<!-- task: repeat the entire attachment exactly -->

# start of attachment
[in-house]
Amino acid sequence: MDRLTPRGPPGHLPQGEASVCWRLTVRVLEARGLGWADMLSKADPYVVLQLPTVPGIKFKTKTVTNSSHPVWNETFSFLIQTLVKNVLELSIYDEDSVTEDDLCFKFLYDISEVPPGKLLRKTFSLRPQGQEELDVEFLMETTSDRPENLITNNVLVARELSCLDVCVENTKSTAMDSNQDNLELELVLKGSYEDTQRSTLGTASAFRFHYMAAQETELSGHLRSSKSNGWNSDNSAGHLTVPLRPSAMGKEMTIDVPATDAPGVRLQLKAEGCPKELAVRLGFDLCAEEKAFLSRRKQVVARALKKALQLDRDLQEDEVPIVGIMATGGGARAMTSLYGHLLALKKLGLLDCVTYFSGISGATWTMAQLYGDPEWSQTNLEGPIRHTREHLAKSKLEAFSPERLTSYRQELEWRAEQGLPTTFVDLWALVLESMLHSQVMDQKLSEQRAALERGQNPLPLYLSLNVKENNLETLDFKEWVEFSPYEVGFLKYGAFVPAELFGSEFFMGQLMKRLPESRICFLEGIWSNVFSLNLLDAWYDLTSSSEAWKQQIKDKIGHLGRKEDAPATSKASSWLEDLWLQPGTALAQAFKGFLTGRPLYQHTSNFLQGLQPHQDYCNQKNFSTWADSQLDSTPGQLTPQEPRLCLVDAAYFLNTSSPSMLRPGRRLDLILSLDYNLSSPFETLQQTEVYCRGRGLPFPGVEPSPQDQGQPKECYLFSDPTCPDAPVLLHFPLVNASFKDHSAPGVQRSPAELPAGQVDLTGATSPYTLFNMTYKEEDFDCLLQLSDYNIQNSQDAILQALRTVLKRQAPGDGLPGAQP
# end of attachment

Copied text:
[in-house]
Amino acid sequence: MDRLTPRGPPGHLPQGEASVCWRLTVRVLEARGLGWADMLSKADPYVVLQLPTVPGIKFKTKTVTNSSHPVWNETFSFLIQTLVKNVLELSIYDEDSVTEDDLCFKFLYDISEVPPGKLLRKTFSLRPQGQEELDVEFLMETTSDRPENLITNNVLVARELSCLDVCVENTKSTAMDSNQDNLELELVLKGSYEDTQRSTLGTASAFRFHYMAAQETELSGHLRSSKSNGWNSDNSAGHLTVPLRPSAMGKEMTIDVPATDAPGVRLQLKAEGCPKELAVRLGFDLCAEEKAFLSRRKQVVARALKKALQLDRDLQEDEVPIVGIMATGGGARAMTSLYGHLLALKKLGLLDCVTYFSGISGATWTMAQLYGDPEWSQTNLEGPIRHTREHLAKSKLEAFSPERLTSYRQELEWRAEQGLPTTFVDLWALVLESMLHSQVMDQKLSEQRAALERGQNPLPLYLSLNVKENNLETLDFKEWVEFSPYEVGFLKYGAFVPAELFGSEFFMGQLMKRLPESRICFLEGIWSNVFSLNLLDAWYDLTSSSEAWKQQIKDKIGHLGRKEDAPATSKASSWLEDLWLQPGTALAQAFKGFLTGRPLYQHTSNFLQGLQPHQDYCNQKNFSTWADSQLDSTPGQLTPQEPRLCLVDAAYFLNTSSPSMLRPGRRLDLILSLDYNLSSPFETLQQTEVYCRGRGLPFPGVEPSPQDQGQPKECYLFSDPTCPDAPVLLHFPLVNASFKDHSAPGVQRSPAELPAGQVDLTGATSPYTLFNMTYKEEDFDCLLQLSDYNIQNSQDAILQALRTVLKRQAPGDGLPGAQP